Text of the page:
Steven Nelson, associate professor of art history, will be in residence at Harvard University’s Hutchins Center for the 2014-15 academic year as the distinguished Cohen Fellow in Harvard’s W.E.B. Du Bois Research Institute. An authority in African and African American art, Nelson will be working on his upcoming book, “Mapping Blackness in African and Afro-Atlantic Art.”
Nelson, who joined UCLA’s faculty in 2000, is a contributing editor for African Arts and former reviews editor for Art Journal. He serves as president of the Arts Council of the African Studies Association, treasurer of the National Committee for the History of Art, and a member of the General Assembly of the Comité international d'histoire de l'art. Nelson is also the author of the award-winning “From Cameroon to Paris: Mousgoum Architecture in and out of Africa” (University of Chicago Press, 2007) and co-editor of the exhibition catalogue, “New Histories” (The Institute of Contemporary Art, Boston, 1996).
His writings on the contemporary and historic arts, architecture and urbanism of Africa and its diasporas, African American art history, and queer studies have appeared in anthologies and exhibition catalogues as well as in African Arts, Architecture New York (ANY), Art Bulletin, Artforum, Art Journal, Documents, Journal of Homosexuality, Museums International, New Formations, and Politique Africaine. Professor Nelson has received Fellowships from the Getty Research Institute and Harvard University’s Radcliffe Institute for Advanced Study.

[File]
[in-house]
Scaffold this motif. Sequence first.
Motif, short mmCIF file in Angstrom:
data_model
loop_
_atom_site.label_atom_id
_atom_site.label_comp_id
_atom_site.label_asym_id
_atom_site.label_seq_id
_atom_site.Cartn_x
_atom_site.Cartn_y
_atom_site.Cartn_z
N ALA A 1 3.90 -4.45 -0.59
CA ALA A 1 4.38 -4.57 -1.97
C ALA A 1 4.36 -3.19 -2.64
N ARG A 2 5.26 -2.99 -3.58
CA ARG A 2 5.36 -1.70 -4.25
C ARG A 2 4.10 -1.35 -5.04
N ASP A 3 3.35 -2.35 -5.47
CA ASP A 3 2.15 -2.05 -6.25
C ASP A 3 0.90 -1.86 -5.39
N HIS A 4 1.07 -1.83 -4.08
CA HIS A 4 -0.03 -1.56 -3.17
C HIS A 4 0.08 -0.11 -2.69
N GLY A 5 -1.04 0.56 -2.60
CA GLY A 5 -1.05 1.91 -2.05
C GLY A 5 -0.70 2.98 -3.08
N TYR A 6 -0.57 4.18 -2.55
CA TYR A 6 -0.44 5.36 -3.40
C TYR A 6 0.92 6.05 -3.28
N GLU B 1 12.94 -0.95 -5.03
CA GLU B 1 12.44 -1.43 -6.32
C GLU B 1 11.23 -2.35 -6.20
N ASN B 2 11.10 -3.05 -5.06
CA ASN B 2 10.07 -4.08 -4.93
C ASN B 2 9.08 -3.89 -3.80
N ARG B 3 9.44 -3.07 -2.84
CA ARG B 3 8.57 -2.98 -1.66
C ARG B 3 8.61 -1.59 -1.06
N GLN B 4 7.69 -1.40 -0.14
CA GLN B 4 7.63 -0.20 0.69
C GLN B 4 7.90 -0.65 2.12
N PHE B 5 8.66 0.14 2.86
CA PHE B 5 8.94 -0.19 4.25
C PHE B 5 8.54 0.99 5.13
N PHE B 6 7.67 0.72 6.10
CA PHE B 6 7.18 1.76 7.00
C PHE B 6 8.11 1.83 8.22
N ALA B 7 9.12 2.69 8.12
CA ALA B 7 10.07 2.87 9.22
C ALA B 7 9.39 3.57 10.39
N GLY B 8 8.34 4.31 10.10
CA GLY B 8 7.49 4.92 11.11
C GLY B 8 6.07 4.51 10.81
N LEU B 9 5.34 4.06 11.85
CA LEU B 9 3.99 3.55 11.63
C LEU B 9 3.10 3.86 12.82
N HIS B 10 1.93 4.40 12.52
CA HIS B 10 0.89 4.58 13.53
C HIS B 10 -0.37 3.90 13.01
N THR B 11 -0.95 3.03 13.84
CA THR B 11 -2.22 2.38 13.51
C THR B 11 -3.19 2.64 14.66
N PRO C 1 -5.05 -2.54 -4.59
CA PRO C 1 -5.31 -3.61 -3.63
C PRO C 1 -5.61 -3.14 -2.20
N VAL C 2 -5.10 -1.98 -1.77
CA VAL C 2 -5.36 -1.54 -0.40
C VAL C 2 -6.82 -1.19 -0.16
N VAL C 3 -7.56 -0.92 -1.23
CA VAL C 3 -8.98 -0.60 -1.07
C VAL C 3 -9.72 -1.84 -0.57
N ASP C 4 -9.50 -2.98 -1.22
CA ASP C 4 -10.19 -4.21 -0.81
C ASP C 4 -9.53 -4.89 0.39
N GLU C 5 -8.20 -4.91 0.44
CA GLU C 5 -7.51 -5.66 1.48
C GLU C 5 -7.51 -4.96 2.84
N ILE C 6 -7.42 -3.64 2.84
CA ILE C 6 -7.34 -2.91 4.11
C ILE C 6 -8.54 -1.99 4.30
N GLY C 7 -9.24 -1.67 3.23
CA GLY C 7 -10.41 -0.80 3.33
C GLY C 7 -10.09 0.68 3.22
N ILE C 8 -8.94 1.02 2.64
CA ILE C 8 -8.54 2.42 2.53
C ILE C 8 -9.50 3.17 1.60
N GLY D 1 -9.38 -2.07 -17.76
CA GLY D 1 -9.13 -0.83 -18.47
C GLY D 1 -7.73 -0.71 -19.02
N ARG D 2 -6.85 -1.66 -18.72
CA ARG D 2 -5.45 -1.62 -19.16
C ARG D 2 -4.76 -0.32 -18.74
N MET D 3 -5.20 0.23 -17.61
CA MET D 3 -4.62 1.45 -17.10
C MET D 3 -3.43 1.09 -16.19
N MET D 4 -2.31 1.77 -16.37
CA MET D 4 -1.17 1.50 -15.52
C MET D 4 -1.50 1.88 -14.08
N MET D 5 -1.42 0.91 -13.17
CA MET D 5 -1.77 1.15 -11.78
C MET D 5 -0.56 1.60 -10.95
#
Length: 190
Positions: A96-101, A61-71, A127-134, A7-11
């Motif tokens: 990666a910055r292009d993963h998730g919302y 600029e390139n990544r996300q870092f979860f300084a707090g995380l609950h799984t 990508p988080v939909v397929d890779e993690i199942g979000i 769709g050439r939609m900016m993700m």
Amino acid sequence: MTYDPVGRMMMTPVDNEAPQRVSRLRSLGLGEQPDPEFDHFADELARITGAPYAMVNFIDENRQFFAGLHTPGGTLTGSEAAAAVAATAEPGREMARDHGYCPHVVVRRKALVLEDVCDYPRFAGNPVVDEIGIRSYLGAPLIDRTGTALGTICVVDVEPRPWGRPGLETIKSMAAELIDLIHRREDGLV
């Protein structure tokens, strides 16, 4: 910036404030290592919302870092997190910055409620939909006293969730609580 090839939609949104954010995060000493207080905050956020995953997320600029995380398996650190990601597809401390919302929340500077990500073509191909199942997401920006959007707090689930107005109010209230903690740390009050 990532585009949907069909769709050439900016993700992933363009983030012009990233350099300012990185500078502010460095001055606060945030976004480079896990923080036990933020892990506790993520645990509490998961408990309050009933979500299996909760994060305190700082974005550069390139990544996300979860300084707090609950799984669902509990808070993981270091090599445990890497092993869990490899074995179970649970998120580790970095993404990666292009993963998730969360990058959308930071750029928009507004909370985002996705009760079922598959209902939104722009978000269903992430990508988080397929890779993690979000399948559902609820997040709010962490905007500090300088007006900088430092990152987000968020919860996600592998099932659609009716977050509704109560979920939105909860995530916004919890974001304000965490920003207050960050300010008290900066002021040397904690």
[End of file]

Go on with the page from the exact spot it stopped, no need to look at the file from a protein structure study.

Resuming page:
Nelson earned his B.A. in studio art from Yale University and his A.M. and Ph.D. in art and architectural history from Harvard University. He previously taught at Tufts University and Wellesley College.
The W. E. B. Du Bois Institute, originally created in 1975 as the Du Bois Research Institute, has annually appointed scholars who conduct individual research for a period of up to one academic year in a variety of fields within African and African American Studies. It is now at the heart of the Hutchins Center for African and African American Research. Du Bois Research Institute fellows participate in a range of activities of the Institute including colloquia, public conferences, lectures, readings, and workshops.